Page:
Friday's Horse Racing Chatter

Good day racing fans.

Bill Shanklin (rarely a bad read) ruminates about how hard it is to win the Triple Crown. It's an interesting hypothesis. Winning this series of races has gotten more difficult; I do not think there is much question about it. In a way I think it helps the series (with the general public), rather than hurts it. Winning the Triple Crown seems elusive and it draws people into the story. When a horse has a chance to win you tune in to watch history, rather than something that can happen with regularity.

Lots of chatter about whipping, and Victor Espinoza's 32 cracks on American Pharoah. I don't know why we make things so difficult in horse racing. 32 is excessive by any measure. That's against a rule, thus you penalize him. Next year, if you don't want to see the same thing on national TV, you pass, or alter the rule beforehand and let the jocks know in the room that excessive use will result in a 14 day suspension. That would not allow the jock to ride in the Preakness. The jock's - who are professionals - will fall in line and your problem will be solved.

The Preakness cards will have guarantee's for their pick 5 next weekend for both Black-Eyed Susan and Preakness Day. At 12%, that bet is a must play if you are looking for some value. There is a nice carryover today in that pool, by the way.

Horse twitter accounts. I might be in the minority, but I think if done right, they can be fun, entertaining, harmless and at times informative. When they turn human I tune them out.

Monmouth Park opens, and they have been near break even in recent meets.

Bug/Windshield. Political bettors really took a hit in the last election in the US, with the polls being almost perfect, but we forget the times they aren't, and the unbelievable value to be had when that occurs. In the UK last night, the polls were a few points off and with a parliamentary system where there are several parties splitting said vote, a few points can mean a lot.  Early on in the evening this was apparent, yet you could still get over 10-1 on some bets that had a strong probability to occur. Fascinating.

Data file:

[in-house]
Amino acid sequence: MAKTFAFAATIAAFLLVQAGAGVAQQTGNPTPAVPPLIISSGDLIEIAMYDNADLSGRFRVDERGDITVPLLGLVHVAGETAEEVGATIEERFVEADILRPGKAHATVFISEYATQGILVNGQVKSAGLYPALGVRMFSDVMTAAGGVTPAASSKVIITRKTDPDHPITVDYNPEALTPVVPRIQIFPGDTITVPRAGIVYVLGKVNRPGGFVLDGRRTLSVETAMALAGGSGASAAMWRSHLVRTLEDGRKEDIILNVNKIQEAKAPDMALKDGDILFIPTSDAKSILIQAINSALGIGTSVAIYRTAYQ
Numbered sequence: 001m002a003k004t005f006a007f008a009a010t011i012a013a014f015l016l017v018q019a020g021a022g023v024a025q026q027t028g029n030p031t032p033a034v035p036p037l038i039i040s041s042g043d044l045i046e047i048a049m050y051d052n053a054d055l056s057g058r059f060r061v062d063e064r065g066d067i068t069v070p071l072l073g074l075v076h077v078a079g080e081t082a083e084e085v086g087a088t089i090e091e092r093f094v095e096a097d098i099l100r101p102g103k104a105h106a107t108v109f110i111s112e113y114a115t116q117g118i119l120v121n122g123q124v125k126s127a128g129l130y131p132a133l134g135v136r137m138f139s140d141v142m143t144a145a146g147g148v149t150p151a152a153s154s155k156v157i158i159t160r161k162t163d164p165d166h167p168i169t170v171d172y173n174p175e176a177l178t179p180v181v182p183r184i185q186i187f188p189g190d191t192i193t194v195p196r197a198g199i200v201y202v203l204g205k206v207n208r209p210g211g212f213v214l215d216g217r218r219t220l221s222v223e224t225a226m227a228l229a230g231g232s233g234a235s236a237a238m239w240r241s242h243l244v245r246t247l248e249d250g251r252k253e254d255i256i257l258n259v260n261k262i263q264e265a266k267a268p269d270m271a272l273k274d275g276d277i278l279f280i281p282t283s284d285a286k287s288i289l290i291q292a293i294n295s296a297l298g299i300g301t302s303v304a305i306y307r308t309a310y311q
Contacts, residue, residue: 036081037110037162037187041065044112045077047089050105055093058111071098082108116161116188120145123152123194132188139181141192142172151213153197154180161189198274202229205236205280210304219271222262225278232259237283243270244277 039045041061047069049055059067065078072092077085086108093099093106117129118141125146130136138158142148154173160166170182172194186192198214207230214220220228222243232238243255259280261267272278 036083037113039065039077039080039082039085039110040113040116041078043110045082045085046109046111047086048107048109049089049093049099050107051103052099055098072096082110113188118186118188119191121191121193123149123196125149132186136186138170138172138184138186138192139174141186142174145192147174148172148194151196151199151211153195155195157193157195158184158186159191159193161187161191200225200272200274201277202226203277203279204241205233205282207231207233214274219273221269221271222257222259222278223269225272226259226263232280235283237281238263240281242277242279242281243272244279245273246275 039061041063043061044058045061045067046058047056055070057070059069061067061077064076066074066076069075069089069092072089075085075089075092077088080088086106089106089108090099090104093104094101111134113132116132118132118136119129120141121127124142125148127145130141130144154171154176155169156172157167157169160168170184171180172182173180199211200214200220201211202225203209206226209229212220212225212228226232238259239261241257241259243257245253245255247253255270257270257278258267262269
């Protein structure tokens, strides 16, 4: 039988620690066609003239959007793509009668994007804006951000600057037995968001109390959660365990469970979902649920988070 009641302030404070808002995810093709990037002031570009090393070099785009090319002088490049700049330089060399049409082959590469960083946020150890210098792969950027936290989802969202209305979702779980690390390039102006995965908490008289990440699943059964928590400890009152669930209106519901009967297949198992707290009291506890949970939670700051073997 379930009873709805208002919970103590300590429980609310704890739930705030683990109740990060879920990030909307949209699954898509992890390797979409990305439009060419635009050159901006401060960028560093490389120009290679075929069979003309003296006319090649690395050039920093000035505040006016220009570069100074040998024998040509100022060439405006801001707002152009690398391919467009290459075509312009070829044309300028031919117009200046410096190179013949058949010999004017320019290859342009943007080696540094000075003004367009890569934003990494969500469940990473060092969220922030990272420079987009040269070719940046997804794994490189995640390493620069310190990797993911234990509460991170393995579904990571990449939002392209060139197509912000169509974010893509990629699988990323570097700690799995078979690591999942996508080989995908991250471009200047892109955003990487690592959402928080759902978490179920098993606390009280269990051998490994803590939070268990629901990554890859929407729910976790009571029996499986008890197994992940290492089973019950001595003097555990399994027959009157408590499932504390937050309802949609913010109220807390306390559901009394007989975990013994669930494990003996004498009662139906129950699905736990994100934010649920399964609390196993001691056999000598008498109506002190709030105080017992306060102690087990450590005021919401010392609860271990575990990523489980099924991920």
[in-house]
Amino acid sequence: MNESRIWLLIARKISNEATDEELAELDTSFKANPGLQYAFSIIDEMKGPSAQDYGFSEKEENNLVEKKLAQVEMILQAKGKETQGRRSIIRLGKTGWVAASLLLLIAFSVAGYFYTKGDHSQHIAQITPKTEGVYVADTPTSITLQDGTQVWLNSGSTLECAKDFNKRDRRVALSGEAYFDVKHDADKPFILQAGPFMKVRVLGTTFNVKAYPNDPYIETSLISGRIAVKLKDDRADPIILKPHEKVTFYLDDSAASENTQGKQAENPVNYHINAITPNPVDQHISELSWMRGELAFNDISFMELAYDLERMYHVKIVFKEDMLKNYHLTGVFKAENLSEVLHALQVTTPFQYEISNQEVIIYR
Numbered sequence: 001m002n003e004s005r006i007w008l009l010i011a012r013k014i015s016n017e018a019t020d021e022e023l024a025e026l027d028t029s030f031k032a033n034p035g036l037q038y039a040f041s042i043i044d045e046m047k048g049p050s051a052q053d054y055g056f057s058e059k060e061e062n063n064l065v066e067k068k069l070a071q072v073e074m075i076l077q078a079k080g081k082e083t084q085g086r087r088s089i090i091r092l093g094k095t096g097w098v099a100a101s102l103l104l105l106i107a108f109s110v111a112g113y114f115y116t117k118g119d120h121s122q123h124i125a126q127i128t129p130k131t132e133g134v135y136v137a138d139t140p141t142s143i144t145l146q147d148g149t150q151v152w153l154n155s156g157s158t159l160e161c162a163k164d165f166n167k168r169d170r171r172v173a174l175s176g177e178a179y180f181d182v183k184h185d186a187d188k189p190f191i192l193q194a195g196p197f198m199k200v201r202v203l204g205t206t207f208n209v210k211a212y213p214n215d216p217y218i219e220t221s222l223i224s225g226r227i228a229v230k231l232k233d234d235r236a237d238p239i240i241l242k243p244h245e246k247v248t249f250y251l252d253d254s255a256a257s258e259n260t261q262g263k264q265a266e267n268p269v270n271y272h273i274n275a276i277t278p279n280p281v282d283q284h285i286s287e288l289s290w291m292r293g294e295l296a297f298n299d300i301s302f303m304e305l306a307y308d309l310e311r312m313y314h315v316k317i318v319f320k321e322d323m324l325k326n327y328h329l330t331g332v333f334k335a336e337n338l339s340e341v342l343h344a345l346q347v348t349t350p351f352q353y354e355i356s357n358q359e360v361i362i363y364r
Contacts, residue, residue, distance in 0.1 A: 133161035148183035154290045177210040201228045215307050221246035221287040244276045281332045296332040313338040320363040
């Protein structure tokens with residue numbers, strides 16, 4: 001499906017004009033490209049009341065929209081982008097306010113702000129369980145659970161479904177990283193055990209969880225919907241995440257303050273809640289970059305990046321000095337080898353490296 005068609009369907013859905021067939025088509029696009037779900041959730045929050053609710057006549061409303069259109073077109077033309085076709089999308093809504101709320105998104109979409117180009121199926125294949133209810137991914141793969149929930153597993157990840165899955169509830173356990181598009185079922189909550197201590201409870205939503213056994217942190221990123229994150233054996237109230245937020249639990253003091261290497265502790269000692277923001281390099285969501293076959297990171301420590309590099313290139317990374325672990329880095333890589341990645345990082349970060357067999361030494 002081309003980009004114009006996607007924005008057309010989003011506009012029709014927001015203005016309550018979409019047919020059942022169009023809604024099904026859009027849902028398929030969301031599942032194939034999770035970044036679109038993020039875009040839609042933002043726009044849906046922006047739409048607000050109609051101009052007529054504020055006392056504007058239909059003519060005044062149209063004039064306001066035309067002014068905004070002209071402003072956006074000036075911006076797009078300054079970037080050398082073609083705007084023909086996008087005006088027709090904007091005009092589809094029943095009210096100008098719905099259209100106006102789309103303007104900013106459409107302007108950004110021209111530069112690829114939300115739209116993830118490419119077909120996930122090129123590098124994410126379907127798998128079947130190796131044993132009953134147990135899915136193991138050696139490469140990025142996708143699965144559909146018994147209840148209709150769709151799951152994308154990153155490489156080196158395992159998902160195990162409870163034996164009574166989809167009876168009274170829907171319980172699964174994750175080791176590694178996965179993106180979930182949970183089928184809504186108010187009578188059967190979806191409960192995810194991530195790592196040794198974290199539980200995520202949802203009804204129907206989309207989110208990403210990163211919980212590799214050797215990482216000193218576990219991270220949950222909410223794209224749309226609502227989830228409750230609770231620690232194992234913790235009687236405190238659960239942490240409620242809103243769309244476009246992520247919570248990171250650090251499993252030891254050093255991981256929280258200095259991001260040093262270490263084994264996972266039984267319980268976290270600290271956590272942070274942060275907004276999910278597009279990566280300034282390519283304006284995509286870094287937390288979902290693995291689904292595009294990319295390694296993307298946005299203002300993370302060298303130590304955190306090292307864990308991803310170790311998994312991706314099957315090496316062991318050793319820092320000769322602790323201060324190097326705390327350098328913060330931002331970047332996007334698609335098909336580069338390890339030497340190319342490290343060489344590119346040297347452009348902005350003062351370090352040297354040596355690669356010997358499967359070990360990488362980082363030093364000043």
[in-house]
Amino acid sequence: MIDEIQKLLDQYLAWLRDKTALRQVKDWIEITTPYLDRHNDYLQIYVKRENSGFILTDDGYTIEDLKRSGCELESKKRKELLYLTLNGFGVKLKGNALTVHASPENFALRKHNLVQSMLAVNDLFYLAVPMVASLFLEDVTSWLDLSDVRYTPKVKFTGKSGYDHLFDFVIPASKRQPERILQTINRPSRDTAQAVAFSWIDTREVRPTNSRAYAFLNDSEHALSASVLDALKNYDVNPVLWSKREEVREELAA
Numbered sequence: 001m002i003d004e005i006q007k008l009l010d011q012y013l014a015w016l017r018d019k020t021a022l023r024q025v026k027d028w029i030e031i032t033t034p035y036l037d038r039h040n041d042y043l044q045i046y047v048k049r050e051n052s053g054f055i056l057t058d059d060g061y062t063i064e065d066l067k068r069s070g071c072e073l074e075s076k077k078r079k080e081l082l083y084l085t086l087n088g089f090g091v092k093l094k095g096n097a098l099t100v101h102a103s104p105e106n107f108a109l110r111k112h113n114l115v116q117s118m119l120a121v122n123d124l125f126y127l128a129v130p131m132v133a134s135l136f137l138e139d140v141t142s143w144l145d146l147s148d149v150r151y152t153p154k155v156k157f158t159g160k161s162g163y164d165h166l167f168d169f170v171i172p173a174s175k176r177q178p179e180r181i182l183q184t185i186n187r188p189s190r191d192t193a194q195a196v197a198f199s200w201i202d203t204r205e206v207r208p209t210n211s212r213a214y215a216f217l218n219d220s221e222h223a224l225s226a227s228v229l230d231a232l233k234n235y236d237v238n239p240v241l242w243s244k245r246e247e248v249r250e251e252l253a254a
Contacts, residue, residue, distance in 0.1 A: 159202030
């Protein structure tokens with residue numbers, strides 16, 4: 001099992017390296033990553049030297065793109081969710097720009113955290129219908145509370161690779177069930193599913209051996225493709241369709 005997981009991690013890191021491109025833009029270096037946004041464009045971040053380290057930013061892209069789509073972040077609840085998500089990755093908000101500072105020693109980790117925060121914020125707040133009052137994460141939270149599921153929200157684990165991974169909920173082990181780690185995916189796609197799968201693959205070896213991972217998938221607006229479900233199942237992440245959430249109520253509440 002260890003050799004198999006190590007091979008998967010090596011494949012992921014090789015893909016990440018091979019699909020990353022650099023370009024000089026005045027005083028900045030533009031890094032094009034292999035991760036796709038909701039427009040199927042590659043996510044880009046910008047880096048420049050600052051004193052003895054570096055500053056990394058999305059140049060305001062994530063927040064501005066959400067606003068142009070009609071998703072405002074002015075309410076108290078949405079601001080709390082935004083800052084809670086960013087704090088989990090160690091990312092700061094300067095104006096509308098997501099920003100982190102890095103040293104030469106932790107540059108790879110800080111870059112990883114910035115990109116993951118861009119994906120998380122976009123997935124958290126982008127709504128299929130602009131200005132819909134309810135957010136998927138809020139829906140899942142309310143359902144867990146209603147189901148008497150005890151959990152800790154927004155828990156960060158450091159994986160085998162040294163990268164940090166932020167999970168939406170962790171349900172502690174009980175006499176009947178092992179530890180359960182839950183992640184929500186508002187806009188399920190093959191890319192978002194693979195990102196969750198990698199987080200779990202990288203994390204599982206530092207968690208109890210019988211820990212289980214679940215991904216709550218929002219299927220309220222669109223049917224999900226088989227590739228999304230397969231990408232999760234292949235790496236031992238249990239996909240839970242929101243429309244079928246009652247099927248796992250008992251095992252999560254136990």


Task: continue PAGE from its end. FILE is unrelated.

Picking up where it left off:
Another fascinating point, I think, is that when people have perceived value they send it in. My friend is a professional bettor and before the election he had access to available data, did some spreadsheets and made lines based on them. He's not from the UK, but he learned what he needed to know and made plays. I suspect he bet between $40,000 to $60,000 on the election outcomes. As for last Saturday, he bet a grand total of zero dollars on the Kentucky Derby. "Too much work and I can't find value." Disagree if you want, but in reality, that's the perception of US horse racing with many bettors nowadays.

Forest for the trees. I was watching the Players Championship pre-game this week and in 1992, then PGA commissioner Deane Beaman increased European participation levels into the event to 15 from 12. This, as reported, almost caused a boycott. Regular US players did not want others into "their event". Now, 23 years later, Rory plays Jordan, Martin is paired with Tiger and there are no "quotas" other than good golf. The event cards the best field of the year, and many consider it to be on-par with a Major Championship. Its TV ratings are good, and the event continues to grow. When those in racing don't want deeper fields, or to change to make the racing better and more competitive, I think the sport loses out (especially as a gambling game), and has trouble growing.

Dave Briggs is doing some work for Ontario Horse Racing. If you are a bettor, fan or insider, please give him a follow

With a hat tip to Pacead poster Valuist, why does Andy Beyer get ripped so much? Whether the article is tongue in cheek or not is not the point. It happens often. Speed figures are predictive, a handicapping tool, and with a Wood Memorial going :53 and a Sunland Derby going in :47 at the same distance, are extremely valuable. That Beyer was doing it when few others were, it gets one on the Wall of Handicapping Fame and deservedly so.

Biggest winners Derby Day? Travis Stone, American Pharoah, CDI earnings, maybe in that order.

Enjoy your day everyone. And have a nice weekend.

No comments:


Carryovers Provide Big Reach and an Immediate Return

Sinking marketing money directly into the horseplayer by seeding pools is effective, in both theory and practice In Ontario and elsewher...